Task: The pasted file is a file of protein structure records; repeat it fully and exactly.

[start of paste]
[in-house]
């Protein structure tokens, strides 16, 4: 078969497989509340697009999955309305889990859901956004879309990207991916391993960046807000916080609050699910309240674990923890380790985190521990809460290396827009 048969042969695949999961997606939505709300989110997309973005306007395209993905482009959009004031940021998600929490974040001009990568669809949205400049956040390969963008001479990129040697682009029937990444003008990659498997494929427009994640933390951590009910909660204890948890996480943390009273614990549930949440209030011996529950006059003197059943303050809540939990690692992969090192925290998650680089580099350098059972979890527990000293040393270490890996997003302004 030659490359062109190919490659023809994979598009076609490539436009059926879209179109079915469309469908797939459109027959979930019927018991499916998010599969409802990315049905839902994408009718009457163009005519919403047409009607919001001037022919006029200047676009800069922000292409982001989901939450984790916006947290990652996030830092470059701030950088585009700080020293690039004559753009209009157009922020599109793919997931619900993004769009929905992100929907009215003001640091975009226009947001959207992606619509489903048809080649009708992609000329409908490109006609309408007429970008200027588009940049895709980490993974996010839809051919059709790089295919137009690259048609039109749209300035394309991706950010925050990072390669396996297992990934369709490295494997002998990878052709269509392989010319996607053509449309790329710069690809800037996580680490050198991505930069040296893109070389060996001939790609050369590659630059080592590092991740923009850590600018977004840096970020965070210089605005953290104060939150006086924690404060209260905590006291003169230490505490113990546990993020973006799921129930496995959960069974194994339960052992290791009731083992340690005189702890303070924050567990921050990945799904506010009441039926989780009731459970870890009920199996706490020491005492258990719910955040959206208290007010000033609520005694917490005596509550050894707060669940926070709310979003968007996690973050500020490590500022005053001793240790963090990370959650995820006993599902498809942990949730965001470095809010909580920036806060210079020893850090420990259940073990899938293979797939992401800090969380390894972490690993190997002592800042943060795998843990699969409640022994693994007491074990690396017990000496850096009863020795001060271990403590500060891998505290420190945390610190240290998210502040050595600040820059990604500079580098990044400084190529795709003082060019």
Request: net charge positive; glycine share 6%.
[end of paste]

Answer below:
[in-house]
């Protein structure tokens, strides 16, 4: 078969497989509340697009999955309305889990859901956004879309990207991916391993960046807000916080609050699910309240674990923890380790985190521990809460290396827009 048969042969695949999961997606939505709300989110997309973005306007395209993905482009959009004031940021998600929490974040001009990568669809949205400049956040390969963008001479990129040697682009029937990444003008990659498997494929427009994640933390951590009910909660204890948890996480943390009273614990549930949440209030011996529950006059003197059943303050809540939990690692992969090192925290998650680089580099350098059972979890527990000293040393270490890996997003302004 030659490359062109190919490659023809994979598009076609490539436009059926879209179109079915469309469908797939459109027959979930019927018991499916998010599969409802990315049905839902994408009718009457163009005519919403047409009607919001001037022919006029200047676009800069922000292409982001989901939450984790916006947290990652996030830092470059701030950088585009700080020293690039004559753009209009157009922020599109793919997931619900993004769009929905992100929907009215003001640091975009226009947001959207992606619509489903048809080649009708992609000329409908490109006609309408007429970008200027588009940049895709980490993974996010839809051919059709790089295919137009690259048609039109749209300035394309991706950010925050990072390669396996297992990934369709490295494997002998990878052709269509392989010319996607053509449309790329710069690809800037996580680490050198991505930069040296893109070389060996001939790609050369590659630059080592590092991740923009850590600018977004840096970020965070210089605005953290104060939150006086924690404060209260905590006291003169230490505490113990546990993020973006799921129930496995959960069974194994339960052992290791009731083992340690005189702890303070924050567990921050990945799904506010009441039926989780009731459970870890009920199996706490020491005492258990719910955040959206208290007010000033609520005694917490005596509550050894707060669940926070709310979003968007996690973050500020490590500022005053001793240790963090990370959650995820006993599902498809942990949730965001470095809010909580920036806060210079020893850090420990259940073990899938293979797939992401800090969380390894972490690993190997002592800042943060795998843990699969409640022994693994007491074990690396017990000496850096009863020795001060271990403590500060891998505290420190945390610190240290998210502040050595600040820059990604500079580098990044400084190529795709003082060019």
Request: net charge positive; glycine share 6%.